The Critical Response to Arthur Miller
Presenting roughly sixty year's worth of Miller scholarship, Centola and Cirulli offer a wide range of interpretations and critical responses to the playwright's work. Incorporating insights from several disciplines including, but not limited to, philosophy, psychology, and sociology, this work also contains discussions of his work in light of new understandings discovered through considerations of cultural contexts, performance issues, feminist concerns, as well as deconstructionist and postmodernist redefinitions of the textuality of Miller's writing.
Bearing witness to the enduring value of Miller's work and the relevance of his artistic vision, this body of critical essays reveals why the writer's influence has been so widespread. Adept at dramatic experimentation, Miller succeeded in inspiring the work not only of American playwrights but also that of dramatists around the world.
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That our innocence must sound “ the profoundest tragic depths , ” in the words of the elder Henry James , before we can confront the world as fully developed beings ; that without a sense of darkness in the imagination we are incomplete ...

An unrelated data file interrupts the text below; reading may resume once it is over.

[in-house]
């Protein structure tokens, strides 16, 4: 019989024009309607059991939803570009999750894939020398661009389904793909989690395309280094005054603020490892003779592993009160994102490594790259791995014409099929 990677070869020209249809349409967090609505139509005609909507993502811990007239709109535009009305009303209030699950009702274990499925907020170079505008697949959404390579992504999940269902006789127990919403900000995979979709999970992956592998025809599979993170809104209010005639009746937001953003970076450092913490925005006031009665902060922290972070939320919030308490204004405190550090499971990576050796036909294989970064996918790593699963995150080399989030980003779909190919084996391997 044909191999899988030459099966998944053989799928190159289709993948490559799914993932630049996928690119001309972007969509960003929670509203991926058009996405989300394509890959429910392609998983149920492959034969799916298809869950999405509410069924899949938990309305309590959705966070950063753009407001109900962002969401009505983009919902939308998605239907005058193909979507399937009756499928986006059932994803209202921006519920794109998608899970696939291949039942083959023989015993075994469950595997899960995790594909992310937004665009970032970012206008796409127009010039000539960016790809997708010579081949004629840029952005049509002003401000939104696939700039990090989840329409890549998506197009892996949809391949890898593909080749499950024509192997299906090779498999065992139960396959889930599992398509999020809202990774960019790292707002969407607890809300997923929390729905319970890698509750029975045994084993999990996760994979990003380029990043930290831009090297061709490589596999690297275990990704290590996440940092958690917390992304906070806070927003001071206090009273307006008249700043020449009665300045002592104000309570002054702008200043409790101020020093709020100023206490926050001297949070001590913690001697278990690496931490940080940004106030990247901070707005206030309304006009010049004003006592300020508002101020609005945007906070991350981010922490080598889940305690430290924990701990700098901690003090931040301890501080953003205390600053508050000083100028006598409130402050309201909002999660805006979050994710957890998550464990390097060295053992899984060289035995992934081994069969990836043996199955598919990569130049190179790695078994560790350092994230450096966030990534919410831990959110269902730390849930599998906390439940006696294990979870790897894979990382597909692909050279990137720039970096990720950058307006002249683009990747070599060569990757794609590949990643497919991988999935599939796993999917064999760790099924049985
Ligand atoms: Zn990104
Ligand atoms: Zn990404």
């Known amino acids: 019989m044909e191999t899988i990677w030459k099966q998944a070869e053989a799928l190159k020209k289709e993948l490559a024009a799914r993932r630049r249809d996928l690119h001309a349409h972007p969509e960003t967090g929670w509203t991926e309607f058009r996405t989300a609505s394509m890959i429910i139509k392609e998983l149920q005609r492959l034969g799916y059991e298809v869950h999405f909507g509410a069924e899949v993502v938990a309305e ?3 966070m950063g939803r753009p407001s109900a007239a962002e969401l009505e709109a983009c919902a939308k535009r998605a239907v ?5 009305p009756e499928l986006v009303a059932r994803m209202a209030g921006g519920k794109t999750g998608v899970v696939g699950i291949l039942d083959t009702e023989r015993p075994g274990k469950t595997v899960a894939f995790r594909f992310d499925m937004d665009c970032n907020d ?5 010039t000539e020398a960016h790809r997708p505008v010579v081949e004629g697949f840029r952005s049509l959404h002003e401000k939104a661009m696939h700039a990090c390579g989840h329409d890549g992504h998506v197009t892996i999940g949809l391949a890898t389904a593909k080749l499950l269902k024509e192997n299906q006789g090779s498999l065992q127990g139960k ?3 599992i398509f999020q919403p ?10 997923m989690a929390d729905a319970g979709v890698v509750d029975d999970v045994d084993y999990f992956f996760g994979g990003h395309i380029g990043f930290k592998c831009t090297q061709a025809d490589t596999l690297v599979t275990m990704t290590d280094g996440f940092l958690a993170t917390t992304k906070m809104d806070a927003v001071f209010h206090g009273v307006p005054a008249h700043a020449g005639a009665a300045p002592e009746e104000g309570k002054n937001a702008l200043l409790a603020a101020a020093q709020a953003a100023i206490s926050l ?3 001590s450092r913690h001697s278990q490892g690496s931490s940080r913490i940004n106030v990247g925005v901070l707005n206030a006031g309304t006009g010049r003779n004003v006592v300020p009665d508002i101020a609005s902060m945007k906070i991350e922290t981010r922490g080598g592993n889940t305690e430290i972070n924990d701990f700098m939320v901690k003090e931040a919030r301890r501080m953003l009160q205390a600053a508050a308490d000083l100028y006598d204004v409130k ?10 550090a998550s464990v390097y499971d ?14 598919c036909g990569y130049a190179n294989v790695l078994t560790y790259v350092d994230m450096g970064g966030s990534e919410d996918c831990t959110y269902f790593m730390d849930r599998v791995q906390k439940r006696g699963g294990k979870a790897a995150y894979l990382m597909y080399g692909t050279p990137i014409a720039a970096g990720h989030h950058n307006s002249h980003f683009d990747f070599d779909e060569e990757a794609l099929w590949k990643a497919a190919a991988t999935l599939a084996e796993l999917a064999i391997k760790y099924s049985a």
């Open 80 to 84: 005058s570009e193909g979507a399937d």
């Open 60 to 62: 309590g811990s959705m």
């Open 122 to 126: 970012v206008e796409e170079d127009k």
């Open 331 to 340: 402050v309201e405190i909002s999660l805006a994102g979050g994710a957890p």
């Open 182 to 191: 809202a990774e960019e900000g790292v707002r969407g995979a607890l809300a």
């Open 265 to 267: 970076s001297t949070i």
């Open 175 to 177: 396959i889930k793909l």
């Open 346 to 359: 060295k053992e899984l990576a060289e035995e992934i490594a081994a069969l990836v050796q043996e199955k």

The first reference in the play to darkness occurs early in act 1 when Ann Putnam reveals that she sent her daughter Betty to Tituba to conjure up Ann's dead babies : PARRIS . Goody Ann , 474 Stephen A. Marino.
( 31 ) In these lines , Giles compares litigation — the legal manifestation of social rancor in the community — to a “ deep thing , and dark as a pit , ” a significant comparison given the earlier association of darkness .
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Early Response to 1959
Arthur Miller and the Tradition of Tragedy
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